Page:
Ex­plo­ration

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The Ex­plo­ration Trea­sury

Beau Rif­f­en­burgh (An­dré Deutsch, £30)

FOR THOSE of us who are ex­plor­ers at heart, this book is not so much a trea­sury as a feast. The au­thor sum­marises the achieve­ments of some 30 dis­tin­guished ex­plor­ers and il­lus­trates, both lit­er­ally and metaphor­i­cally, their most mem­o­rable jour­neys with diary en­tries, cor­re­spon­dence, maps, paint­ings and pho­to­graphs from the archives of the Royal Ge­o­graph­i­cal So­ci­ety (RGS).

The RGS, based in Lon­don, ab­sorbed other spon­sors of ex­plo­ration in the early 19th cen­tury—the African As­so­ci­a­tion and the Raleigh Club, for ex­am­ple—and po­ten­tial ex­plor­ers from all over the world turned to it for moral, prac­ti­cal and fi­nan­cial sup­port from then on­wards. The sub­jects of this book are there­fore an in­ter­na­tional cast.

Many are al­ready well-known to en­thu­si­asts of ex­plo­ration— the sto­ries of Hum­boldt, Dar­win, Liv­ing­stone, Gertrude Bell, Scott of Antarc­tica, Younghus­band of Ti­bet and Philby of Ara­bia—but many oth­ers much less widely known are in­cluded, such as Ben­jamin Simpson, whose strik­ing pho­to­graphs il­lus­trated the 1878 Sec­ond Afghan War. A par­tic­u­lar in­ter­est in the po­lar re­gions is hardly sur­pris­ing as the au­thor was head of the po­lar history group at the Scott Po­lar Re­search In­sti­tute and has writ­ten ex­ten­sively else­where about Shack­le­ton and oth­ers.

My own favourite among the ex­plor­ers is prob­a­bly Is­abella Bird, whom I had first en­coun­tered when writ­ing about no­mads. She trav­elled across Per­sia with the Bakhtiari tribe on its an­nual mi­gra­tion, dis­pens­ing med­i­cal po­tions and ad­vice—mostly re­quested to en­hance the tribes­men’s love lives. When she was robbed at night, los­ing her money, sun hel­met and re­volver case, she lamented only the loss of her em­broi­dery; when she re­quested milk, she was given a cow. Beau Rif­f­en­burgh fo­cuses on her other Far Eastern ex­pe­ri­ences and ex­plains how well she de­served to be the first woman to be elected a fel­low of the RGS.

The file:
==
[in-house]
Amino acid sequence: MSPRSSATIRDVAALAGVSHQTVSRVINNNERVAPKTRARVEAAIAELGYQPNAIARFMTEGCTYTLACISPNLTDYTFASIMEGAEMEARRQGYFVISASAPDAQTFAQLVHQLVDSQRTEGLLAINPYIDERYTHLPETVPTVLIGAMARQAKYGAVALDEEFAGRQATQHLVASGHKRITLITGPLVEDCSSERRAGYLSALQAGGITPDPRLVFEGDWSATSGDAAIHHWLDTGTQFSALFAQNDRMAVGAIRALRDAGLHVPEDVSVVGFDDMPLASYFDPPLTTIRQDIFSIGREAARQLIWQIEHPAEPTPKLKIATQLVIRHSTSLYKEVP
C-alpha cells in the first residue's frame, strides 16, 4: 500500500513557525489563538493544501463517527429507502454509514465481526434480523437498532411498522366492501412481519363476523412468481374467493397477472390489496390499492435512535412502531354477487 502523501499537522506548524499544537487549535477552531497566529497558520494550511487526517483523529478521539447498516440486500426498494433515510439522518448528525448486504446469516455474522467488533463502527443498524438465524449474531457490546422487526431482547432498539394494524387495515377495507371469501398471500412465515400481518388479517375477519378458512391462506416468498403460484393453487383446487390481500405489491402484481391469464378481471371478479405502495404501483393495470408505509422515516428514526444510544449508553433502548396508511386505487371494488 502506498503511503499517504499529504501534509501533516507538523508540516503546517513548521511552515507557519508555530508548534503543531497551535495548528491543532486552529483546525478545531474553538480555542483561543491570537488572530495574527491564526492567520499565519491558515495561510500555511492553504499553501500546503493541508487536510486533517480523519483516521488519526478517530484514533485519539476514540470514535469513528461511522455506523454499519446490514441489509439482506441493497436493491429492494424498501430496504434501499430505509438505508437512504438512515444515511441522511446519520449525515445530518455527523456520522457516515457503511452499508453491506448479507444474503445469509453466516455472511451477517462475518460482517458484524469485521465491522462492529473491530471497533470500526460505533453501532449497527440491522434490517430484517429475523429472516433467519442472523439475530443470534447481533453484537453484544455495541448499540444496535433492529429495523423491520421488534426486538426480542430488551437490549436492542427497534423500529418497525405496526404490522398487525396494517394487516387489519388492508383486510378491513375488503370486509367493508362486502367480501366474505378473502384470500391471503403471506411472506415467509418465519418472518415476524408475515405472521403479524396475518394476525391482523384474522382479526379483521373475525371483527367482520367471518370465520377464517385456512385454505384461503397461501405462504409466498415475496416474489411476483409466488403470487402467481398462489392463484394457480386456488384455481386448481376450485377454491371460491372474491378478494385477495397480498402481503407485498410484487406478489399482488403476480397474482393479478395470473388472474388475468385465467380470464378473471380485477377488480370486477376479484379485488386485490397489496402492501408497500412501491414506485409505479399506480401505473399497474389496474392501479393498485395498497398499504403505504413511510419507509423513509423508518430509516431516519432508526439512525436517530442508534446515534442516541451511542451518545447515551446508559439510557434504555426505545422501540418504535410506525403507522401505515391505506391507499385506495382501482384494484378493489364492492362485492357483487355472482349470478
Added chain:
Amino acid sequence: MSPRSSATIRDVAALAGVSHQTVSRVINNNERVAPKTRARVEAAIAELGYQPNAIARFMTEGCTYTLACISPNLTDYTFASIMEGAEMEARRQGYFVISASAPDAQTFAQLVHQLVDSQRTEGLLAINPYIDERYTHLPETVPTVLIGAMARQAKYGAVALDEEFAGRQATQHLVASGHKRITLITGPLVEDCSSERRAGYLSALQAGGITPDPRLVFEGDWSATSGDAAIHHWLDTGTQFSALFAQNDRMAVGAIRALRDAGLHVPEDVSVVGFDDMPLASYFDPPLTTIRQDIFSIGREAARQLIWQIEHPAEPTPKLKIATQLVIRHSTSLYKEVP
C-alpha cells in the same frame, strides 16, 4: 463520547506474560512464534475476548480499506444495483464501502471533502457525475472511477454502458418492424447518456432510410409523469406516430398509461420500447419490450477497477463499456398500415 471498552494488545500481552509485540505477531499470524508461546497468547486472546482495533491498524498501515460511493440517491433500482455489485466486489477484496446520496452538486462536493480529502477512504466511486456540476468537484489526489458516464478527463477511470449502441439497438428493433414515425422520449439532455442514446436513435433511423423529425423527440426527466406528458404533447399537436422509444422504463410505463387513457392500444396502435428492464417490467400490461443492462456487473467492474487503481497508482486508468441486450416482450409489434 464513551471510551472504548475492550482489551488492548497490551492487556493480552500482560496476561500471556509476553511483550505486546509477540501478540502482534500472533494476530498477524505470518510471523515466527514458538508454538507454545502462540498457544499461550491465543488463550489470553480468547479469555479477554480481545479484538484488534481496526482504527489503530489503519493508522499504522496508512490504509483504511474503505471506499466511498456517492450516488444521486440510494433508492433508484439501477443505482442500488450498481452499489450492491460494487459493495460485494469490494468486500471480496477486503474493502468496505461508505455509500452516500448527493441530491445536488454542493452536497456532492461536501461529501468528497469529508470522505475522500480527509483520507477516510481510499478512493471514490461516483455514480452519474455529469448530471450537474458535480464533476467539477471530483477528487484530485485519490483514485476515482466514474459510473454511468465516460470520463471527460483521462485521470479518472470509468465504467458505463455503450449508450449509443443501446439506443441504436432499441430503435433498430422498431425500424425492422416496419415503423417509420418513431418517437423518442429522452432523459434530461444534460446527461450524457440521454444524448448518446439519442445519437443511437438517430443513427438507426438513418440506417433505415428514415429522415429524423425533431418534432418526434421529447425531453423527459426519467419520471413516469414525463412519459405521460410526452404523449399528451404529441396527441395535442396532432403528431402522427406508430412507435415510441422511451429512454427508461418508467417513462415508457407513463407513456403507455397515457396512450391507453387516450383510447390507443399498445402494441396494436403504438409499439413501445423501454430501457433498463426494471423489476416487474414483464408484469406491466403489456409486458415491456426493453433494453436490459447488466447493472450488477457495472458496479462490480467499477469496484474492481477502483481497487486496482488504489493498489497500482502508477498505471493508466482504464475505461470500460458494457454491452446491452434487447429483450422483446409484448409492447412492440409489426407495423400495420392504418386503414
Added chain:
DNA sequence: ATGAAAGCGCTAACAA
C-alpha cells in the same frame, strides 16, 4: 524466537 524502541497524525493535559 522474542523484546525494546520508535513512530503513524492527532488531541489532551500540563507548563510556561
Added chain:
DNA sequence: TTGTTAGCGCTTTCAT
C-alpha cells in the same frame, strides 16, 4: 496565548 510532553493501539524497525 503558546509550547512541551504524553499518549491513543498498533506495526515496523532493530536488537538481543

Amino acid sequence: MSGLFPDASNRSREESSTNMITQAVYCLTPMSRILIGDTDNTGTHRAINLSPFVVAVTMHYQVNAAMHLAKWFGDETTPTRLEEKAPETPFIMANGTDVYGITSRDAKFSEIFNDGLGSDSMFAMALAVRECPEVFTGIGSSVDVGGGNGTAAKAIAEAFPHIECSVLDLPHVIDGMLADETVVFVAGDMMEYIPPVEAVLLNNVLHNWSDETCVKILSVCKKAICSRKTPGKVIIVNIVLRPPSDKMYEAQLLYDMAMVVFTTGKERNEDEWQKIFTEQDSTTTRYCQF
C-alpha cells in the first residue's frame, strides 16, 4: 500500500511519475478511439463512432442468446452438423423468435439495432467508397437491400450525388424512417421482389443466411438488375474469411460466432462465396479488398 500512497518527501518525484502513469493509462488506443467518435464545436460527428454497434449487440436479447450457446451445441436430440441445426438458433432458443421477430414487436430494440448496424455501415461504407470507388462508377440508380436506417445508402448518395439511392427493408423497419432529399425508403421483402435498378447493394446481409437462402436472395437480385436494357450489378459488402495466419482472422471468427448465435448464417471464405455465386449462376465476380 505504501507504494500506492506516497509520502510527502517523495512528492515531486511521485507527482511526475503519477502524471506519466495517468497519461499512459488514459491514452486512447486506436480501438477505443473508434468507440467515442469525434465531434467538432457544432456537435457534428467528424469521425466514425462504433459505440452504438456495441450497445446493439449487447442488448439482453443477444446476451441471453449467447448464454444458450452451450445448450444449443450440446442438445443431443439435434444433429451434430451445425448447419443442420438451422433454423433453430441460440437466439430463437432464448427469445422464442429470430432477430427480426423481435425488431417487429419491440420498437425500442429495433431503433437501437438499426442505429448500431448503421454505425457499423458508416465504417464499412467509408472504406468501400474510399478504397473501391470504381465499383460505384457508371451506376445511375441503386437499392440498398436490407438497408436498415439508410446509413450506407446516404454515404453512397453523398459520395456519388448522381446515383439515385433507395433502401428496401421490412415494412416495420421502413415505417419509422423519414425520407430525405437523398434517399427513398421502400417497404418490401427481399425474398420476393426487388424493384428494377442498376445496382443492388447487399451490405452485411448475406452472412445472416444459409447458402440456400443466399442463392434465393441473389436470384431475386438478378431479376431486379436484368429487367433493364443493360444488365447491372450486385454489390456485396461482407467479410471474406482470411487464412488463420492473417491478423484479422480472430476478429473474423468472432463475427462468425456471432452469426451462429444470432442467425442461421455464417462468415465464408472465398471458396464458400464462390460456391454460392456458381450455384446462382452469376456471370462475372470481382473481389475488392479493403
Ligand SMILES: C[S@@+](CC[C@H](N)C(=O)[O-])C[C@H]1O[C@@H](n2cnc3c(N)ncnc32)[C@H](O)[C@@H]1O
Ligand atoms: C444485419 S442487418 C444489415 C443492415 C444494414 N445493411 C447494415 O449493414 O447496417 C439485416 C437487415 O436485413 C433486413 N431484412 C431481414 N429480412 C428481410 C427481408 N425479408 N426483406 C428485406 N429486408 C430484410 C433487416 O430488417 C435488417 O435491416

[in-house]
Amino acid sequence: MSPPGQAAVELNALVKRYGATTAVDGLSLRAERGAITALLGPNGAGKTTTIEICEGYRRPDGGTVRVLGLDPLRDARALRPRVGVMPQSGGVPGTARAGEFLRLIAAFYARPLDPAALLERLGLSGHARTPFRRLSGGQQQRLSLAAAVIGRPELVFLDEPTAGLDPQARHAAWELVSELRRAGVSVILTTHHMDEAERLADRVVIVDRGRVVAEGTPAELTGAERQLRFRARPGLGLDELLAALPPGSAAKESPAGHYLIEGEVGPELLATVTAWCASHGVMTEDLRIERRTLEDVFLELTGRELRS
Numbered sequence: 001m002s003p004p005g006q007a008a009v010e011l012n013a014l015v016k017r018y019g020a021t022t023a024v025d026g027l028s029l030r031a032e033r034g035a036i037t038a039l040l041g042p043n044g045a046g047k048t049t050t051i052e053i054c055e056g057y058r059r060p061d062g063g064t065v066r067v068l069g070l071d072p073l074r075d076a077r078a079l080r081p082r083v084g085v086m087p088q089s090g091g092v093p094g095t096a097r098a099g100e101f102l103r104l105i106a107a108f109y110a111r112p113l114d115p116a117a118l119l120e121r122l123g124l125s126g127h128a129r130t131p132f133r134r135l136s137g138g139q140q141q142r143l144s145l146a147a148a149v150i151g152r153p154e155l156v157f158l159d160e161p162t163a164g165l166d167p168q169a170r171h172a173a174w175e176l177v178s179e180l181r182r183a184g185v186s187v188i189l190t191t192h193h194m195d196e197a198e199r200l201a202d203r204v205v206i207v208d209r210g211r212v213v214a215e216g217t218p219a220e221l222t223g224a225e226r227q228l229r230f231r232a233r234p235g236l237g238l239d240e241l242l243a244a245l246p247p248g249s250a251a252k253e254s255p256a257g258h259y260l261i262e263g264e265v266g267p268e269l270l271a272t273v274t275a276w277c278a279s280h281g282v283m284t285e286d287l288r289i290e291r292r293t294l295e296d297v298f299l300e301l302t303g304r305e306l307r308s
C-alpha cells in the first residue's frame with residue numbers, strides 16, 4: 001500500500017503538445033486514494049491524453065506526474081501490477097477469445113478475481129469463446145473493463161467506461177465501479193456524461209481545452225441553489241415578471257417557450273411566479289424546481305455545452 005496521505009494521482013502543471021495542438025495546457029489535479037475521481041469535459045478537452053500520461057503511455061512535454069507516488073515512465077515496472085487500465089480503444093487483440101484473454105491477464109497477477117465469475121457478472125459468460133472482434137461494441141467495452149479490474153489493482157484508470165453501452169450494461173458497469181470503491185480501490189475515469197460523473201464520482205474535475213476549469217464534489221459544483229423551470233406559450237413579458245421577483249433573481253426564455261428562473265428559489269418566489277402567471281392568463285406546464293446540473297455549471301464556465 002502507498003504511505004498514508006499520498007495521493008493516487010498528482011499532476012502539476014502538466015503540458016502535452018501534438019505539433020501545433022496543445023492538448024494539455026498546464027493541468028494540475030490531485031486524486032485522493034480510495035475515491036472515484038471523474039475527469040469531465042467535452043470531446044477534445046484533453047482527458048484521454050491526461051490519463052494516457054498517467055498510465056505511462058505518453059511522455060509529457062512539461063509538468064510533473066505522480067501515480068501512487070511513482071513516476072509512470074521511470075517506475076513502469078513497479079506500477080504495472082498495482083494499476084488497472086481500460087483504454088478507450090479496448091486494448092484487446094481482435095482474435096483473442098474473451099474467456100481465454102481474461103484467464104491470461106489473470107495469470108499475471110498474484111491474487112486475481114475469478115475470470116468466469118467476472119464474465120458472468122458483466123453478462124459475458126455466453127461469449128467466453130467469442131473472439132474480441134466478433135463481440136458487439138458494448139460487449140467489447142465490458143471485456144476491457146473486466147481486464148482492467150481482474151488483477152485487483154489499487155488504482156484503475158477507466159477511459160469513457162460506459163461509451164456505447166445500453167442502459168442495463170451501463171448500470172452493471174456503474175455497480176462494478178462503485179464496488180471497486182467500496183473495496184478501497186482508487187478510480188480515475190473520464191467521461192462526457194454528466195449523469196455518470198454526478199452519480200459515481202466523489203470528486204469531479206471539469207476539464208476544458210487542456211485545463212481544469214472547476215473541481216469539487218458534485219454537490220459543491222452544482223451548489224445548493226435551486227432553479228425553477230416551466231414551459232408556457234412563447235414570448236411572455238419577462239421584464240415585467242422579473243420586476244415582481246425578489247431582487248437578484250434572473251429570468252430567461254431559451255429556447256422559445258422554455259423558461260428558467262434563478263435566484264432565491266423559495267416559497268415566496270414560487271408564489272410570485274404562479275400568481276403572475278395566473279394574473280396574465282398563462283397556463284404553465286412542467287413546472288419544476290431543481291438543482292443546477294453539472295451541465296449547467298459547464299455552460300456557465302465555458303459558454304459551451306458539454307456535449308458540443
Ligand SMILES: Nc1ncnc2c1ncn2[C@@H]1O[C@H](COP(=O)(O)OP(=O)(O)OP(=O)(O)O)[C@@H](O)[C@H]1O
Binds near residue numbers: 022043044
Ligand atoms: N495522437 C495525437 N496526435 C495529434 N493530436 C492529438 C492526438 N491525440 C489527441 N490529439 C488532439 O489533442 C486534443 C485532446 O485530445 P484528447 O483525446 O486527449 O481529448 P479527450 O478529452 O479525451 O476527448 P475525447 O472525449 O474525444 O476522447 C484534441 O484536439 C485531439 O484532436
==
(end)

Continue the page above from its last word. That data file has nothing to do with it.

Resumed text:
The book comes in a box with 40 sep­a­rate ‘frame­able’ prints il­lus­trat­ing the sights, as well as the flora and fauna de­scribed. All in all, it would make a splen­did—and in­spi­ra­tional—present for any young per­son with an in­cli­na­tion to­wards ex­plor­ing some of the most re­mote and beau­ti­ful quar­ters of the globe. John Ure

Above right: The Par­ro­quia de Santa Prisca y San Se­bastían in Taxco, Mex­ico. Right: The Trea­sury com­plete with frame­able prints

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